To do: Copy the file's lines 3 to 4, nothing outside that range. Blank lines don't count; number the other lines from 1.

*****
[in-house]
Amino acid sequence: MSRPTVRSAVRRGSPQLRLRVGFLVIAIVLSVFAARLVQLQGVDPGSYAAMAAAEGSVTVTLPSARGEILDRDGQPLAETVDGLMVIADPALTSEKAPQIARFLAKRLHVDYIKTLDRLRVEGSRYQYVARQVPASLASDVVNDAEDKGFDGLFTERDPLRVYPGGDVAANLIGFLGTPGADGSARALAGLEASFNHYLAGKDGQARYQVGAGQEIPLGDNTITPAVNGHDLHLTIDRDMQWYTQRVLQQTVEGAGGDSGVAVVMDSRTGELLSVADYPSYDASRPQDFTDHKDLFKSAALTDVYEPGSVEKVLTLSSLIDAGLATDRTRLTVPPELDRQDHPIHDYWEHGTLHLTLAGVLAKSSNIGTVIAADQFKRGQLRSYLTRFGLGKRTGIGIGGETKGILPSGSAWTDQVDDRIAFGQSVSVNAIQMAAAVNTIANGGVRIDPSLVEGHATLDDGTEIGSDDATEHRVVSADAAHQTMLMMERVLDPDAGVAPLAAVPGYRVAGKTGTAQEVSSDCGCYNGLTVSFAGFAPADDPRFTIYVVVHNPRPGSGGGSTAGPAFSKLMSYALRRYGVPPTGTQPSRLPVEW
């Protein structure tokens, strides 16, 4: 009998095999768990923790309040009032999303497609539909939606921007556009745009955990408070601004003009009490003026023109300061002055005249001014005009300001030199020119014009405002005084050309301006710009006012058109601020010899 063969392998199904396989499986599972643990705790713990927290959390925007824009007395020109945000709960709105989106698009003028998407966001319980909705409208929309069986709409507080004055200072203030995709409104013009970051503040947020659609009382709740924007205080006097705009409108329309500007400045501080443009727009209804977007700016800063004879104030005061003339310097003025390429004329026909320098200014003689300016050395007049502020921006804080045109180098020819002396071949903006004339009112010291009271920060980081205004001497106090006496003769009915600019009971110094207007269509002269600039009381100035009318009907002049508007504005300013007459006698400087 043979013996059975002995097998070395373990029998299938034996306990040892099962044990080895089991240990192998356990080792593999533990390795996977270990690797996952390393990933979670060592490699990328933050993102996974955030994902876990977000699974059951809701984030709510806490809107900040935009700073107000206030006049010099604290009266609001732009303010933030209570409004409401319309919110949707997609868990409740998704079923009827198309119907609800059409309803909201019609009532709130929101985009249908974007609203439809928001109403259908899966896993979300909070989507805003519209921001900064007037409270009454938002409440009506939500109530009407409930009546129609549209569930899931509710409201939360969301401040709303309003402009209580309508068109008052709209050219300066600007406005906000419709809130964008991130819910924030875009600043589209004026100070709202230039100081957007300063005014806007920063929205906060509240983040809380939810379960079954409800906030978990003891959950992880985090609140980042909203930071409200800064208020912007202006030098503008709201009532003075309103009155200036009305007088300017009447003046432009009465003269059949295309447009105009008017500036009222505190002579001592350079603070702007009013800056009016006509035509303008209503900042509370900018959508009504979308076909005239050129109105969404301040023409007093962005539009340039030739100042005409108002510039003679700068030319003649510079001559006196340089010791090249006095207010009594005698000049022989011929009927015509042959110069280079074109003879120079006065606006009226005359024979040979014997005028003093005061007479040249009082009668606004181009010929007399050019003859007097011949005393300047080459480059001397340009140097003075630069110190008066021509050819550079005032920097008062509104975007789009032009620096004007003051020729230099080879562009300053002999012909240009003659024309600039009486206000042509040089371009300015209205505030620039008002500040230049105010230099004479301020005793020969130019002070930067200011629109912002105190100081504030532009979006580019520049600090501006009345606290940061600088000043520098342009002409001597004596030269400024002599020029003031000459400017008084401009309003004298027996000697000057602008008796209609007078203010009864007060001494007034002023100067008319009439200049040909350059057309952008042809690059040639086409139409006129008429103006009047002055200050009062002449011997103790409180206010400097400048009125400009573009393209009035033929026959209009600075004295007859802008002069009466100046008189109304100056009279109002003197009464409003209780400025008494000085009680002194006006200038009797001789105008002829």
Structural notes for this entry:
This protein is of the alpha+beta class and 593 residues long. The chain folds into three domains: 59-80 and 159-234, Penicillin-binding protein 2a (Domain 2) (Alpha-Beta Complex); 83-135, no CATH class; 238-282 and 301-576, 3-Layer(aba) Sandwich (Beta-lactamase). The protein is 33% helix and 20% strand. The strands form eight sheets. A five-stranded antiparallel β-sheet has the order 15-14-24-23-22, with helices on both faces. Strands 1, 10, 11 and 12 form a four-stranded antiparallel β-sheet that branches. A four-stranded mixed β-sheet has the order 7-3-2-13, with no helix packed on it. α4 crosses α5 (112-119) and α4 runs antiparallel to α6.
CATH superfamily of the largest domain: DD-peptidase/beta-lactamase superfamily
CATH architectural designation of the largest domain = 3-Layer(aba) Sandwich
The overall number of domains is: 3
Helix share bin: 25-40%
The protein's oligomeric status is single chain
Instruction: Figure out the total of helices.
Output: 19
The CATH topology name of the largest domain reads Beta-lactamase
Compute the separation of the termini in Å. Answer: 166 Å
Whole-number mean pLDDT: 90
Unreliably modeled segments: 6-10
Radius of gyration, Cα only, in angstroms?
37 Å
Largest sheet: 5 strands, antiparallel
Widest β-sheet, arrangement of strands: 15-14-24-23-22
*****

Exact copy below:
């Protein structure tokens, strides 16, 4: 009998095999768990923790309040009032999303497609539909939606921007556009745009955990408070601004003009009490003026023109300061002055005249001014005009300001030199020119014009405002005084050309301006710009006012058109601020010899 063969392998199904396989499986599972643990705790713990927290959390925007824009007395020109945000709960709105989106698009003028998407966001319980909705409208929309069986709409507080004055200072203030995709409104013009970051503040947020659609009382709740924007205080006097705009409108329309500007400045501080443009727009209804977007700016800063004879104030005061003339310097003025390429004329026909320098200014003689300016050395007049502020921006804080045109180098020819002396071949903006004339009112010291009271920060980081205004001497106090006496003769009915600019009971110094207007269509002269600039009381100035009318009907002049508007504005300013007459006698400087 043979013996059975002995097998070395373990029998299938034996306990040892099962044990080895089991240990192998356990080792593999533990390795996977270990690797996952390393990933979670060592490699990328933050993102996974955030994902876990977000699974059951809701984030709510806490809107900040935009700073107000206030006049010099604290009266609001732009303010933030209570409004409401319309919110949707997609868990409740998704079923009827198309119907609800059409309803909201019609009532709130929101985009249908974007609203439809928001109403259908899966896993979300909070989507805003519209921001900064007037409270009454938002409440009506939500109530009407409930009546129609549209569930899931509710409201939360969301401040709303309003402009209580309508068109008052709209050219300066600007406005906000419709809130964008991130819910924030875009600043589209004026100070709202230039100081957007300063005014806007920063929205906060509240983040809380939810379960079954409800906030978990003891959950992880985090609140980042909203930071409200800064208020912007202006030098503008709201009532003075309103009155200036009305007088300017009447003046432009009465003269059949295309447009105009008017500036009222505190002579001592350079603070702007009013800056009016006509035509303008209503900042509370900018959508009504979308076909005239050129109105969404301040023409007093962005539009340039030739100042005409108002510039003679700068030319003649510079001559006196340089010791090249006095207010009594005698000049022989011929009927015509042959110069280079074109003879120079006065606006009226005359024979040979014997005028003093005061007479040249009082009668606004181009010929007399050019003859007097011949005393300047080459480059001397340009140097003075630069110190008066021509050819550079005032920097008062509104975007789009032009620096004007003051020729230099080879562009300053002999012909240009003659024309600039009486206000042509040089371009300015209205505030620039008002500040230049105010230099004479301020005793020969130019002070930067200011629109912002105190100081504030532009979006580019520049600090501006009345606290940061600088000043520098342009002409001597004596030269400024002599020029003031000459400017008084401009309003004298027996000697000057602008008796209609007078203010009864007060001494007034002023100067008319009439200049040909350059057309952008042809690059040639086409139409006129008429103006009047002055200050009062002449011997103790409180206010400097400048009125400009573009393209009035033929026959209009600075004295007859802008002069009466100046008189109304100056009279109002003197009464409003209780400025008494000085009680002194006006200038009797001789105008002829």
Structural notes for this entry: